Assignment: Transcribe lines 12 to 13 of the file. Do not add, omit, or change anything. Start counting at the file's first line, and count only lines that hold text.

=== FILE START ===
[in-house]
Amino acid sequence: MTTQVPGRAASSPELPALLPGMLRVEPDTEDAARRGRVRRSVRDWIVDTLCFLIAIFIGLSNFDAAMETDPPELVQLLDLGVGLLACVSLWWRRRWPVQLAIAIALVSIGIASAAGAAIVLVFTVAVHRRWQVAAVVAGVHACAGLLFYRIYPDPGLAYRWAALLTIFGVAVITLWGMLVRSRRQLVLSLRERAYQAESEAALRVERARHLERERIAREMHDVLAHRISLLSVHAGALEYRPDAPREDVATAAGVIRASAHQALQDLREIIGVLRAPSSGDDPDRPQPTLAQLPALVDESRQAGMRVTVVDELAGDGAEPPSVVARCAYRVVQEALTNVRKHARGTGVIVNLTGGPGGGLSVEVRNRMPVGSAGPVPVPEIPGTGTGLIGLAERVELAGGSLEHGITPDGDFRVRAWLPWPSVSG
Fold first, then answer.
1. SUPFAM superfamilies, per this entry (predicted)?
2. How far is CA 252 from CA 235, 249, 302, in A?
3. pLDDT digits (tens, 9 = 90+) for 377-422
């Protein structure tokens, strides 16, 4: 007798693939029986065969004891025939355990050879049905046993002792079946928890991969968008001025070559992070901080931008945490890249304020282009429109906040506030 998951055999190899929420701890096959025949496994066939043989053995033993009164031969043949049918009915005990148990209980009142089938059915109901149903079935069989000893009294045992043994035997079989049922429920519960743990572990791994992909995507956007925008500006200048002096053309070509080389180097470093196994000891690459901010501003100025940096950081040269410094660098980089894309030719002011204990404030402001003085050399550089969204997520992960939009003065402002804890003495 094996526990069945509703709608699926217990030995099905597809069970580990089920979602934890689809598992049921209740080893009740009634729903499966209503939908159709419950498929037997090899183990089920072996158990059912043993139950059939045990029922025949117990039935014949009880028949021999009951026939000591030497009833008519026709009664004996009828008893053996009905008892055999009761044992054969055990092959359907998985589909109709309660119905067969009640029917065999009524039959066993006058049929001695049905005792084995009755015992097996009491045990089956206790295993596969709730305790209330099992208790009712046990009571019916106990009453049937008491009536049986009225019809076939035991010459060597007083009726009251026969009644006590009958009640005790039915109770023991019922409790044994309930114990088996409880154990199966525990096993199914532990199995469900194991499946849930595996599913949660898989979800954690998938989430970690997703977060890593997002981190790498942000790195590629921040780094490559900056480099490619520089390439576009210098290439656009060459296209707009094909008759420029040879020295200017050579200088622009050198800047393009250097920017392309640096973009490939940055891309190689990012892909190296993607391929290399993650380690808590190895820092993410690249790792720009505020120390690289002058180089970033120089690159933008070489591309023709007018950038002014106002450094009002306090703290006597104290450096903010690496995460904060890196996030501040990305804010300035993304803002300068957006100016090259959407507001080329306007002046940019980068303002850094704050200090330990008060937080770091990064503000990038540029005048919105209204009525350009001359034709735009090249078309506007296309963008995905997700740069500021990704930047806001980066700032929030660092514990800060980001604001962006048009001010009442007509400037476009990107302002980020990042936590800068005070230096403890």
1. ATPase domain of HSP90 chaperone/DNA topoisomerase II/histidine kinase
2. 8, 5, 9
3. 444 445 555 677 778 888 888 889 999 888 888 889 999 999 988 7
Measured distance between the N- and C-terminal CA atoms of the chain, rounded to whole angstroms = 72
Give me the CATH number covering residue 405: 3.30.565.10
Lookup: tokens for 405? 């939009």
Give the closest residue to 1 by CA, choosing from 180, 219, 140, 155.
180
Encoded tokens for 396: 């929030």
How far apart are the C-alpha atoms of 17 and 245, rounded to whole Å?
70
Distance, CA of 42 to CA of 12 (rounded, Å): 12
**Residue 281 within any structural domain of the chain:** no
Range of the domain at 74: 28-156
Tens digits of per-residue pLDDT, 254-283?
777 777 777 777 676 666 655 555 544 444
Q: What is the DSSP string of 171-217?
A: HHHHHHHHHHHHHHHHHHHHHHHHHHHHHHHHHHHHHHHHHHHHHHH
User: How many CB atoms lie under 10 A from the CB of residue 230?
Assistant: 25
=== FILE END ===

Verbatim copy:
Give me the CATH number covering residue 405: 3.30.565.10
Lookup: tokens for 405? 């939009």